Posted by: scootrah | August 18, 2014

Tips for Picnic Food Safety

Yesterday was our big family reunion. Now a lot of you out there would rather jump off a bridge than spend times with your family, but I LOVE mine! They’re really fun, funny, warm people and we have a lot of laughs together. A couple of the older cousins had brought photos of relatives long-gone that none of us had ever seen before, and pics of the old family homestead back in Kentucky – what a treat! There was lots of amazing food to eat, and I took a peach pie for my cousin Leslie because the two of us LOVE pie, and she brought one of the most amazing carrot cakes I’ve ever tasted (and promises to share the recipe with me for an upcoming blog post).

My cousin Joyce and her family always take on the task of arriving early to set everything up in the park for the rest of us. I was so impressed with their clever idea for the food table – her first smart move was to pick a shaded, covered spot that wasn’t in full sun, then she had her husband made a simple frame from 2 x 4s that fit on top of the table. She stretched a disposable plastic painting tarp across this and filled it with several bags of ice so the bowls and plates of food could be set inside and stay chilled. At the end of the event, she just poked holes in the bottom for the water to drain out and easy clean up. The food stayed well chilled – and safe – an no stomach aches for the drive home.

There’s still a lot of warm picnic and reunion weather left stretching past Labor Day, so I thought it would be good to do a quick picnic food safety refresher.Screen Shot 2014-08-18 at 11.09.15 AM

First and foremost,  keep raw foods away from cooked foods. If you’re going to grill or BBQ at your event, the raw meat (especially chicken!) should not come in contact with cooked food. Even if you’ve covered bowls well with plastic wrap or foil, meat juice could drip onto bowl rims/sides that you then put your hands on and touch something else. Just put the meat in its own chest or insulated bag with ice packs and you’ll be fine. Don’t forget that utensils and cutting boards shouldn’t be kept with raw meat either.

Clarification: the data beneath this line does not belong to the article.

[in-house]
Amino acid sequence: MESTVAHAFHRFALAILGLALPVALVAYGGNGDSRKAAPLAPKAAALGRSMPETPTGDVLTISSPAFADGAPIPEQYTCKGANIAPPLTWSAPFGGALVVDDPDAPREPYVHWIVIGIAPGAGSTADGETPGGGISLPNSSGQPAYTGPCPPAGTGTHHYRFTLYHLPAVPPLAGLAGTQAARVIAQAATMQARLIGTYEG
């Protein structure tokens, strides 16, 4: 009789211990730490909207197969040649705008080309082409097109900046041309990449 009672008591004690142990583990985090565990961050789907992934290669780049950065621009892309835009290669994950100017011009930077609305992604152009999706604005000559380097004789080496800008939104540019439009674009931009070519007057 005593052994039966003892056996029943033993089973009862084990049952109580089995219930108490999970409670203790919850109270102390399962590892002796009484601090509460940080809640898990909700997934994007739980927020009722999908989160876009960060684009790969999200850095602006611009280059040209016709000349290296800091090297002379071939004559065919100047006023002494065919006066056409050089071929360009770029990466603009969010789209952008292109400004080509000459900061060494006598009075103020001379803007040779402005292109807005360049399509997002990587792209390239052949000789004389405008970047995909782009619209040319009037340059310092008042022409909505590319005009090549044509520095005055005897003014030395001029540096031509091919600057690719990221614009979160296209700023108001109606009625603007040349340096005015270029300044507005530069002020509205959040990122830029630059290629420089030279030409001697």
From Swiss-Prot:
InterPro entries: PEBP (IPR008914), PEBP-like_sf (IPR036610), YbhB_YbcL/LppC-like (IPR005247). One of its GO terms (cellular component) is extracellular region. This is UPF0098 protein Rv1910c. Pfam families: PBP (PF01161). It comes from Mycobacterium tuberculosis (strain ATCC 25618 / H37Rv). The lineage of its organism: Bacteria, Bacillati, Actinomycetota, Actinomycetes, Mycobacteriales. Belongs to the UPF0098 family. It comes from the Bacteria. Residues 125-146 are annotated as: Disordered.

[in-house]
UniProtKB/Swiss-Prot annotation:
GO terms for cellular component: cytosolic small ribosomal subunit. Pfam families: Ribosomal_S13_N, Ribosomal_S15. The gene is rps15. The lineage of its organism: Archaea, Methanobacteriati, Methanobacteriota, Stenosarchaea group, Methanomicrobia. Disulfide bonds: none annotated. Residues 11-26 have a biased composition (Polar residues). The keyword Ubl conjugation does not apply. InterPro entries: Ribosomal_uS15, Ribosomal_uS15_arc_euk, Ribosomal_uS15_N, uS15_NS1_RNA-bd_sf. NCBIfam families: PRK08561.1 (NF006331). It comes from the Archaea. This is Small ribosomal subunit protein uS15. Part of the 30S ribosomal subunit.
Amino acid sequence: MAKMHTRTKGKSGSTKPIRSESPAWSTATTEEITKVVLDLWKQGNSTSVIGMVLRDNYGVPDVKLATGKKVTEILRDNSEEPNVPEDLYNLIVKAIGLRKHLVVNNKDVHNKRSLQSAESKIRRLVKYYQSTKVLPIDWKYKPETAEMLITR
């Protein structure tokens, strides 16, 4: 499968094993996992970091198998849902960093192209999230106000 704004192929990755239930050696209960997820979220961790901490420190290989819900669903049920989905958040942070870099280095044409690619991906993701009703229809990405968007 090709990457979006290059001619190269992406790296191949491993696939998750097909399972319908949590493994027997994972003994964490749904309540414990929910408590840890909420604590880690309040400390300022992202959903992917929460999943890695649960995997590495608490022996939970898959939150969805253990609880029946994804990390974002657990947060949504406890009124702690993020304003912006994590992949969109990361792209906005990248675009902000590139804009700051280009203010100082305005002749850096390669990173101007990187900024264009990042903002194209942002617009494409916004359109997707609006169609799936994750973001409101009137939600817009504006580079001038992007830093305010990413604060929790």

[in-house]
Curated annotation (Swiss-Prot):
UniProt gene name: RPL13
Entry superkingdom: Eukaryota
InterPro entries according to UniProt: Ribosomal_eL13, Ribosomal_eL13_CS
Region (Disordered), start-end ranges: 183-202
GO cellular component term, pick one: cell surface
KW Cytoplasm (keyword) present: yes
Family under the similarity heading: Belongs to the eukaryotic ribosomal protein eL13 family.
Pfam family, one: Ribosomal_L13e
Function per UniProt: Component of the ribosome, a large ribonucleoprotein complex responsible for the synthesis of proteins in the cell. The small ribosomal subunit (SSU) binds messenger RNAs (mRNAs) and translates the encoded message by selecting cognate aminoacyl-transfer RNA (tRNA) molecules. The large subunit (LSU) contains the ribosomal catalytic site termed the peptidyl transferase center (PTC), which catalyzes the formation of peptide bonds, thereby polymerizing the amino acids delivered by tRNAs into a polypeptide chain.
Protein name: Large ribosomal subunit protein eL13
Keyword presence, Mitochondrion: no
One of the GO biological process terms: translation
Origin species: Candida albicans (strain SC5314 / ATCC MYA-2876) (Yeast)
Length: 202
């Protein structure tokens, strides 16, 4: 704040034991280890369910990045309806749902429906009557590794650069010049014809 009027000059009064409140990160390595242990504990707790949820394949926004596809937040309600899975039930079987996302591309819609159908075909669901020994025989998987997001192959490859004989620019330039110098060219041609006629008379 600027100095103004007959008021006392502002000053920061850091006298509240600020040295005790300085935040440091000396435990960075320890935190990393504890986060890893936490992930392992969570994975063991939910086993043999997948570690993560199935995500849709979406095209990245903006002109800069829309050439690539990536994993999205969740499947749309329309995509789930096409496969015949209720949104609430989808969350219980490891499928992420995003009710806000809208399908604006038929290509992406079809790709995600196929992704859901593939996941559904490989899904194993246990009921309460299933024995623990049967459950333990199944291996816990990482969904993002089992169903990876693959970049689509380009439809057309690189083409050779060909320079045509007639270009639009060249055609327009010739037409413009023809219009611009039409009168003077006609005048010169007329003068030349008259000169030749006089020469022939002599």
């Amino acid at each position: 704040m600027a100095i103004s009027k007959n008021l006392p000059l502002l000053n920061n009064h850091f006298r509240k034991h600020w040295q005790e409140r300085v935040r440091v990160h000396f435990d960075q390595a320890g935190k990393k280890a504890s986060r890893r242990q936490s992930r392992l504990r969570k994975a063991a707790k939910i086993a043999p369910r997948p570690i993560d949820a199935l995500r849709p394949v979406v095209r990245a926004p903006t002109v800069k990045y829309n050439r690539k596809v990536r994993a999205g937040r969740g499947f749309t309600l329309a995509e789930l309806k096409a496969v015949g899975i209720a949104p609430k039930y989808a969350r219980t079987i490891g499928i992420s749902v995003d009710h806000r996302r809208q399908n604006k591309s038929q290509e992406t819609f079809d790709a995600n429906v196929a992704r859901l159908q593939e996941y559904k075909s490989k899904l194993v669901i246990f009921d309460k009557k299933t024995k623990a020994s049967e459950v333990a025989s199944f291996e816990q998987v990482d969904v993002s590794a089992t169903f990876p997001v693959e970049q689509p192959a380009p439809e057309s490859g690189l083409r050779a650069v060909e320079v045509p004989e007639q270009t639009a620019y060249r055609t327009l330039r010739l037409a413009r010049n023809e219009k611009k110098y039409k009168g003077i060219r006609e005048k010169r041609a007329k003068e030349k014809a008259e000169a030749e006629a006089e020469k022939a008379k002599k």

To serve grilled food, use a clean plate or platter. Cooked meat should never be put back onto a plate you placed the raw meat on unless it has been thoroghly washed. Fortunately, paper plates for serving and eating make this easy!

Cover picnic tables with cloths or disposable covers – you don’t know what has been on the table before you got there, and because most tables at public parks and camp sites are unpainted/untreated wood, you can’t properly wipe them down.

MAYONNAISE: For years we’ve heard that mayo would make us sick if left outside too long. Actually, the real problem is foods the mayonnaise is mixed with, especially foods that have been handled/mishandled a lot (think potatoes cut for salad at home – were you wearing gloves when handling them before they went into the salad?) and protein foods. These are often added to mayo-based dressings/filling while still warm and that’s when bacteria can start to grow.

WATERMELON: What picnic or reunion isn’t that much better with big, ripe slices of watermelon to enjoy on a hot day? Cut melons need to be kept cold – Bacteria that can cause food-borne illness is often present on the rind of melons, so make sure they are washed thoroughly before cutting, and since most melons are not acidic, they can support the growth of harmful bacteria. Don’t make it complicated, just wash, cut and refrigerate or keep chilled – take an extra cooler with ice along to a big gathering for keeping cut melon in.

And speaking of coolers, take a cooler for sodas and bottled water that is separate from a cooler for chilled food. You can open the beverage cooler often without fear of chilled food getting warm. I like to leave a stack of napkins or paper towels next to the beverage cooler to wipe soda can rims – kids are often playing games, building sand castles or mud pies before they reach in for a cold drink, getting ice and cans dirty.

When the party is over and the good byes have been said, pack your leftovers with care. If the food has been sitting out for more than two hours on a table, throw it out. The outside temperature is probably warmer than you think (it was 80° yesterday at our), and if the temp is over 90 degrees, food becomes unsafe after an hour! If you do pack leftovers to take home, use the same tips you did to get the food there – cover it with plastic wrap or place in sealable bags, use ice or ice packs to keep chilled. Then don’t forget to unpack and refrigerate right away!

Don’t over-worry, stress and fret about food safety for your event – these few simple steps are EASY and if you just use common sense you’ll be fine. You’re there to have fun, so help yourself to an extra helping of potato salad, don’t forget to hug grandma an extra couple times,  and remember when you pack up, “If in doubt, throw it out!” REALLY.


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